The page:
Philosophers rely on the human faculty of reason as they philosophize. Through this rational capacity, they arrived at a technique to resolve philosophical questions; this is called dialectics. Dialectics is an art of refutation that dates back to the ancient Greeks. Philosophical discovery is the result of collaboration with partners in dialogue or conversation. This is the reason why ancient Greek philosophers wrote dialogues. Dialogues illustrate how dialectics is an effective means of examining and evaluating truth claims. Errors or inconsistencies of a claim are demonstrated using rational abilities.
The philosopher Socrates is most noteworthy in his use of dialectics. His method of question and answer illustrates how views need to be defended with consistency and clarity. The series of questioning and answering he subjected Athenians into was effective in drawing out underlying assumptions. It is not enough to claim something as true. One has to give good reasons as the basis for any claim, and the claim must be able to extend further scrutiny and examination.
It is when our views are challenged that we feel compelled to defend those very views. The rational way to do it is to give good reasons. We need to welcome questions that probe into the core of what we claim because it is the best way to reveal what is not apparent. In the process, we learn more about our position or view – what it assumes, what it truly means, and what it entails. When we articulate these things, our mind is sharpened. A bonus is that we also learn more about ourselves. Our capacity to reason is revealed, and we may even gain insight into who we are at our core.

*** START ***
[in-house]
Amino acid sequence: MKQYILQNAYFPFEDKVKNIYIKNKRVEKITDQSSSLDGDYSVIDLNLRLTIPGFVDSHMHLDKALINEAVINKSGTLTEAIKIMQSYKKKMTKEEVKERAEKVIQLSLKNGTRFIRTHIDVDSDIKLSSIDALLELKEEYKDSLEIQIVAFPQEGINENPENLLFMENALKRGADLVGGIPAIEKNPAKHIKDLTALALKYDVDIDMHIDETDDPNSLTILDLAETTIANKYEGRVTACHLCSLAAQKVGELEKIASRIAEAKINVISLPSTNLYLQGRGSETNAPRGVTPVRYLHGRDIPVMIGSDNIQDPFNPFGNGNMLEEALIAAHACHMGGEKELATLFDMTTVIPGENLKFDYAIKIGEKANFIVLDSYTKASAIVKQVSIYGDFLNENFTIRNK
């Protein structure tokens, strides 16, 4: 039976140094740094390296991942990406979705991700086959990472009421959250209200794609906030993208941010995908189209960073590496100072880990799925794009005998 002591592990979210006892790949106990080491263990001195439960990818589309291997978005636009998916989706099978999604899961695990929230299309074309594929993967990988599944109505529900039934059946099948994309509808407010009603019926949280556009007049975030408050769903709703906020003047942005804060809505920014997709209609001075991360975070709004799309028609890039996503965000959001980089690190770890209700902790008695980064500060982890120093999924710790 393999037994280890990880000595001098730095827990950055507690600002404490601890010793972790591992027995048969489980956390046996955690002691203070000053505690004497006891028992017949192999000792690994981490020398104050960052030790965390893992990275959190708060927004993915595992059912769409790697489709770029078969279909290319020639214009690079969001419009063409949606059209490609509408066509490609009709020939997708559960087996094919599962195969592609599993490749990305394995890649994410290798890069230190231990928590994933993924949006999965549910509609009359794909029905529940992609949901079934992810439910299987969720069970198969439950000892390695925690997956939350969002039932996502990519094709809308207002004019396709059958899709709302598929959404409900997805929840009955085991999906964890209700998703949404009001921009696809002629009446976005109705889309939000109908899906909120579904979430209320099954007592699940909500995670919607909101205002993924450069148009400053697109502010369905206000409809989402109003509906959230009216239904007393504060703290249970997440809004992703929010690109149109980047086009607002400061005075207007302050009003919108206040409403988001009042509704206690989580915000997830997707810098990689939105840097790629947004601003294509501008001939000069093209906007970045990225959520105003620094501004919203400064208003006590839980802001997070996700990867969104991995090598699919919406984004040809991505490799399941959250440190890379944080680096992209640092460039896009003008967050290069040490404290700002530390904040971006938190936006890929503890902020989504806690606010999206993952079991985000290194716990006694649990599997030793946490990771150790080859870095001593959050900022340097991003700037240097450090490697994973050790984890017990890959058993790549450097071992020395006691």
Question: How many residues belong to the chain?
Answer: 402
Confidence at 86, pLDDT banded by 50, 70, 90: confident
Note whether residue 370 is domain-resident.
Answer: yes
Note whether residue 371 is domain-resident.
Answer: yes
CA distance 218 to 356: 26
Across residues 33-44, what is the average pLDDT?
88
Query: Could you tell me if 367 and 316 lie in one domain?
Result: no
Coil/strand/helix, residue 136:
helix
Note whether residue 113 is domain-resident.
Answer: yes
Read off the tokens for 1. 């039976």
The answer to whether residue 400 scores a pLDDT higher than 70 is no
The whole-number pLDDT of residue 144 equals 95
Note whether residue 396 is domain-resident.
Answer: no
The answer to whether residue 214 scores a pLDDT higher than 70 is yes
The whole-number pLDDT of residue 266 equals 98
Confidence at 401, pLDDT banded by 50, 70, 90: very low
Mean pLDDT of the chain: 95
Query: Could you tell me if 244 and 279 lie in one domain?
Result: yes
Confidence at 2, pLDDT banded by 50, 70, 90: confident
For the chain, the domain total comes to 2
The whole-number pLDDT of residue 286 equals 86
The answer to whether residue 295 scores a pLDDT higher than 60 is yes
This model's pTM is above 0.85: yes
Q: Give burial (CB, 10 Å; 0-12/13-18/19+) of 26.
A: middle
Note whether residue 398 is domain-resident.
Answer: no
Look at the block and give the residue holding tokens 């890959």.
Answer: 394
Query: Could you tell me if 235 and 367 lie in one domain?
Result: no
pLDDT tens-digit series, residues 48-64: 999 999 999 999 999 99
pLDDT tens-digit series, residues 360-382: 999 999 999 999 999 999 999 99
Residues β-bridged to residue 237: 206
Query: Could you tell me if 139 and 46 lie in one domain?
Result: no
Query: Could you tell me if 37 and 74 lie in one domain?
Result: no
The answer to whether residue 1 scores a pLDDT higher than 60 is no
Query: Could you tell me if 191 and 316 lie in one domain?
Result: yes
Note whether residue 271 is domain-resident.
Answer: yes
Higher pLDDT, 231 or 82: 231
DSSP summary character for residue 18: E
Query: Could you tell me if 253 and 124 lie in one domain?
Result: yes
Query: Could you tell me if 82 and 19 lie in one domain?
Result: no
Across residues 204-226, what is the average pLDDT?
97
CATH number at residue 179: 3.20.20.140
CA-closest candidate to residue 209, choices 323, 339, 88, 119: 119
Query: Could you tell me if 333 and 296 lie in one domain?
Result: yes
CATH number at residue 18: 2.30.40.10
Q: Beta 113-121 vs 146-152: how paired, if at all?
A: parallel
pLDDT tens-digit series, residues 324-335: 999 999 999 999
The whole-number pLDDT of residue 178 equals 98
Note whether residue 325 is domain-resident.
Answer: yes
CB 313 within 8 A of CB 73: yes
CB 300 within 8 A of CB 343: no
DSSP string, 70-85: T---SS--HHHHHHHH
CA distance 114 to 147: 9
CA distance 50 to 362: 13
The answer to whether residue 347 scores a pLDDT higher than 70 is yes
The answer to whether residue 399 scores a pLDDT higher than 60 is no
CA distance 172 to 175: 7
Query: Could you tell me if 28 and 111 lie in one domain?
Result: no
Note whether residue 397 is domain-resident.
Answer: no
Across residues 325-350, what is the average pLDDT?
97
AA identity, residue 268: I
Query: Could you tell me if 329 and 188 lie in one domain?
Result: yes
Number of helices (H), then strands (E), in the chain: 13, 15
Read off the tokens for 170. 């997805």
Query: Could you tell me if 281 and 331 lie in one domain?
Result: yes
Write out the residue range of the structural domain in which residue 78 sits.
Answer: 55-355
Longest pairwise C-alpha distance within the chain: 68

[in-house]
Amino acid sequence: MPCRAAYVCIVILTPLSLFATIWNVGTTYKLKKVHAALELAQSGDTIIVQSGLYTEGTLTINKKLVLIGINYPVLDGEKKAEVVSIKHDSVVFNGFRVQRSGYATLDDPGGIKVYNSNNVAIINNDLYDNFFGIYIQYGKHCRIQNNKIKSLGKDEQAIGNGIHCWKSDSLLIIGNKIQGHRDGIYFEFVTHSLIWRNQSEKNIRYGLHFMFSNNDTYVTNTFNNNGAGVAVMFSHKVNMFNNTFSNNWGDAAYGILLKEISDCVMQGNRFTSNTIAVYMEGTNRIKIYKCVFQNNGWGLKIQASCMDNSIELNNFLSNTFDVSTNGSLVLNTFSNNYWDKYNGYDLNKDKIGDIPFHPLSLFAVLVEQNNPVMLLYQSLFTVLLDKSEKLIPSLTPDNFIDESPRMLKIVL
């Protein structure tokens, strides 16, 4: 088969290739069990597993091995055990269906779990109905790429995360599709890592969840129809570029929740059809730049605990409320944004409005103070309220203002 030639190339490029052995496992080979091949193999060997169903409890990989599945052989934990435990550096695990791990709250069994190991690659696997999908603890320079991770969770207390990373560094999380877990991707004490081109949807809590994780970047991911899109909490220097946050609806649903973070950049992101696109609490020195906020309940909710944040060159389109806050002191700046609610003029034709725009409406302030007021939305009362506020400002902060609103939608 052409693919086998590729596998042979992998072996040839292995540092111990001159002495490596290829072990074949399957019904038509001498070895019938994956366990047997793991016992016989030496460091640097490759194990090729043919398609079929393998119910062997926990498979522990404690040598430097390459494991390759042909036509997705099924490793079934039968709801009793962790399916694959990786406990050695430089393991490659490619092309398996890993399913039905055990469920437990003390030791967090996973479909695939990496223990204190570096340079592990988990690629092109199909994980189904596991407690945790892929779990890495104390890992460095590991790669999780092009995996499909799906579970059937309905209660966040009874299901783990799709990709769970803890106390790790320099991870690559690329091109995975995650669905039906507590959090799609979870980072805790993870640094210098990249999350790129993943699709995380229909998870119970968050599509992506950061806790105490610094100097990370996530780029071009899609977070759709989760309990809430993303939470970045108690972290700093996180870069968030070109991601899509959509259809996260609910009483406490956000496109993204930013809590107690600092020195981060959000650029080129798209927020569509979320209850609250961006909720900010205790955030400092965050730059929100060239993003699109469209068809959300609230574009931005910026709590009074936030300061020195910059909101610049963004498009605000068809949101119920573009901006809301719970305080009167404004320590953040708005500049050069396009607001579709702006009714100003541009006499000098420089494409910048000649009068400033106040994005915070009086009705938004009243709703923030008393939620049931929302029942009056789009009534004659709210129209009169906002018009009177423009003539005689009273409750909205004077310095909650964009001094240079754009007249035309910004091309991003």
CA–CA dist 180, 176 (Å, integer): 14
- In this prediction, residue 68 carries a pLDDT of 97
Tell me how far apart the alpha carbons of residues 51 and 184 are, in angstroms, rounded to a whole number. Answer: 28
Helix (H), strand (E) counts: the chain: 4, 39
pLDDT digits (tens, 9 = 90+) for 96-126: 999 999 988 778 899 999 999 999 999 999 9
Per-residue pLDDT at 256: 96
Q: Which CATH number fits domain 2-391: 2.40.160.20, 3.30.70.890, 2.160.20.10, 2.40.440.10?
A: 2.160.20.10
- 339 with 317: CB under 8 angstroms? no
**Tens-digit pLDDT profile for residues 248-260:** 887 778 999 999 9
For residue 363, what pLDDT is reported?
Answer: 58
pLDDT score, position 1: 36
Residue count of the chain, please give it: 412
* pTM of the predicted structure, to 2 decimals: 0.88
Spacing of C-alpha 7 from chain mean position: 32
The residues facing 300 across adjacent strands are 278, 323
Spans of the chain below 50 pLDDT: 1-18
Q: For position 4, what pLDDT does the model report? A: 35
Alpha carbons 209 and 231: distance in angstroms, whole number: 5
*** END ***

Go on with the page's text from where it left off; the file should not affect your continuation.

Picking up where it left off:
The dialectics of the ancients later developed in the modern era into a thesis, antithesis, and synthesis. The exchange or confrontation between differing positions (one is a thesis, and the other one is antitheses) culminates in a synthesis that is a resolution of opposing views. The German philosophers G.W.F. Hegel and Karl Marx claimed that there is a dialectical pattern even in history as reflected in resolutions of contradictions through time.
G.W.F. Hegel (1770 – 1831)
Georg Wilhelm Friedrich Hegel was born in Stuttgart Germany. He belongs to the previous in philosophy known as “German idealism,” which shared Plato’s view that ideas are real as opposed to matter.
Hegel’s first major work, The Phenomenology of the Spirit, is linked to historical progress.
Thus, the interplay of opposing views is necessary for progress. Confrontations of this kind must not be avoided at all. We need this exchange of ideas so we can grow.
Even the collective view of Filipinos as a nation may be interpreted as one that develops through time dialectically. Our views are revised as we experienced turning points in history. From bowing to oppressors and dwelling on sentiment, we can now recognize manipulative appeals made to our emotions by politicians. We now demand that our leaders be responsible and accountable to People whose interests they swear to protect and to promote.
Dialectics is indispensable since it leads us closer to the truth. Finding the truth, in a way, involves a kind of “truth-ing,” and dialectics is one of its earliest and tested forms. When we inquire about philosophical questions in partnership with another, in some types of debate, we learn more because we are challenged to think about the question rigorously and exhaustively. A development or progress in thought thus occurs. The philosophical question is clarified, at the least, and so it contributes to a better understanding of the problem itself, or of the kind of answer that would qualify as plausible.
Karl Marx (1818 – 1883)
Born on May 5, 1818, in Trier, Germany, Karl Marx was trained in philosophy but later turned to economics and politics. Marx introduced the concept of “historical materialism,” which embodies his theory that societies rise and fall as a result of class struggles.
Philosophy teaches us to be open as we strive to know better. Debating amiably (that is, a confrontation without aggression ) with someone allows us to discover many things. It reveals our beliefs and challenges us to defend those beliefs. This rational activity teaches us to hold on only to those beliefs we can defend and to remain open so we can revise our views through time and in collaboration with others.